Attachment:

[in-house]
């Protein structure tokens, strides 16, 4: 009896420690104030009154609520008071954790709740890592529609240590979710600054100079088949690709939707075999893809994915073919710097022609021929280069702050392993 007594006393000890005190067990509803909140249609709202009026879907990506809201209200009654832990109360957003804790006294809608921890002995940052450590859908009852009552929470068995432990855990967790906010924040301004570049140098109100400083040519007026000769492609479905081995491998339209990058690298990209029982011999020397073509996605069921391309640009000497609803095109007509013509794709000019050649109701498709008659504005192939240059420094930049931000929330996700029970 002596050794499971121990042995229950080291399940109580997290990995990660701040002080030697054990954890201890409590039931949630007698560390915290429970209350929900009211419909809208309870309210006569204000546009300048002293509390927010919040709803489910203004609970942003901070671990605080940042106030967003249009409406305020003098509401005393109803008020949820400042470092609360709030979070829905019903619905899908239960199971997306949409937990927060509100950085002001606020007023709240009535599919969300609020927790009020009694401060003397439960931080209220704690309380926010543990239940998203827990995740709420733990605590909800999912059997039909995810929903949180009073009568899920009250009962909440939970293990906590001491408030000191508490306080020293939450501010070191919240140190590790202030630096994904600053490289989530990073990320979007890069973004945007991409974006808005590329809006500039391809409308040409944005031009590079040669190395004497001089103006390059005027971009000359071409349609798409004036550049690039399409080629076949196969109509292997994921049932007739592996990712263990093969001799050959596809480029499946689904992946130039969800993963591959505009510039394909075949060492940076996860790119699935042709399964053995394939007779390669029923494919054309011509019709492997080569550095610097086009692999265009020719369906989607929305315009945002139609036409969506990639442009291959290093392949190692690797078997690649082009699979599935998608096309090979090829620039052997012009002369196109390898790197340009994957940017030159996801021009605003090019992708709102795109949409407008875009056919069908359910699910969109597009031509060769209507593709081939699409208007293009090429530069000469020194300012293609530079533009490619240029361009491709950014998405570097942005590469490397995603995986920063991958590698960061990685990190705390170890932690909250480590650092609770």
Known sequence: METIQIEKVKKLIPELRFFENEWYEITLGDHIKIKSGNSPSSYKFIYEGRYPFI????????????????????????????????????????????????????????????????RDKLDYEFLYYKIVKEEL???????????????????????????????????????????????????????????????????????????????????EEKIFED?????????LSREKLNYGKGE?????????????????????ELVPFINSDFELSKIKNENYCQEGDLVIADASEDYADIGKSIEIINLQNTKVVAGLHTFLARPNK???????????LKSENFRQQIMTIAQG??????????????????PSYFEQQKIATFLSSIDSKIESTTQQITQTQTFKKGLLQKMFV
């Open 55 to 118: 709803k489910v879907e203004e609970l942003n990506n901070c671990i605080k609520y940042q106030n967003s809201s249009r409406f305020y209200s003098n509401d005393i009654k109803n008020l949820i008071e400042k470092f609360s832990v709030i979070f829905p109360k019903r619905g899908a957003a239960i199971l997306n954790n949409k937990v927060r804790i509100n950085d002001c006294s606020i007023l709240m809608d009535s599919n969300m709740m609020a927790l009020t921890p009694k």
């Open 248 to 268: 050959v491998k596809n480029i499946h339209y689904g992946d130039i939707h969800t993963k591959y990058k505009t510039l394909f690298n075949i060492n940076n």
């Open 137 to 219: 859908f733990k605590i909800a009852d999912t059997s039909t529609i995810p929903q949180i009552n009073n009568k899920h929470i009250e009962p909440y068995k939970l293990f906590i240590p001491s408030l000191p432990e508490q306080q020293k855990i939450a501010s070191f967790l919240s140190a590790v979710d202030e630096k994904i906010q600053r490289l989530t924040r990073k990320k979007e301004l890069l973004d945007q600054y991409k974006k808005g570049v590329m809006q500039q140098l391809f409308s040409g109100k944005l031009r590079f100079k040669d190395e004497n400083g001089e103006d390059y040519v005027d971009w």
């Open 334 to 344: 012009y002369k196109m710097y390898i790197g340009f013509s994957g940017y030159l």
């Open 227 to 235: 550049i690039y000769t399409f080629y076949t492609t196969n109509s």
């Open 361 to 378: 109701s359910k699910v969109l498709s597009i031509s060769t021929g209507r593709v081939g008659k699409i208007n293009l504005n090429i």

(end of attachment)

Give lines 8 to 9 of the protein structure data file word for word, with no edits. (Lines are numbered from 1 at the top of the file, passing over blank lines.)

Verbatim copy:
């Open 227 to 235: 550049i690039y000769t399409f080629y076949t492609t196969n109509s």
């Open 361 to 378: 109701s359910k699910v969109l498709s597009i031509s060769t021929g209507r593709v081939g008659k699409i208007n293009l504005n090429i």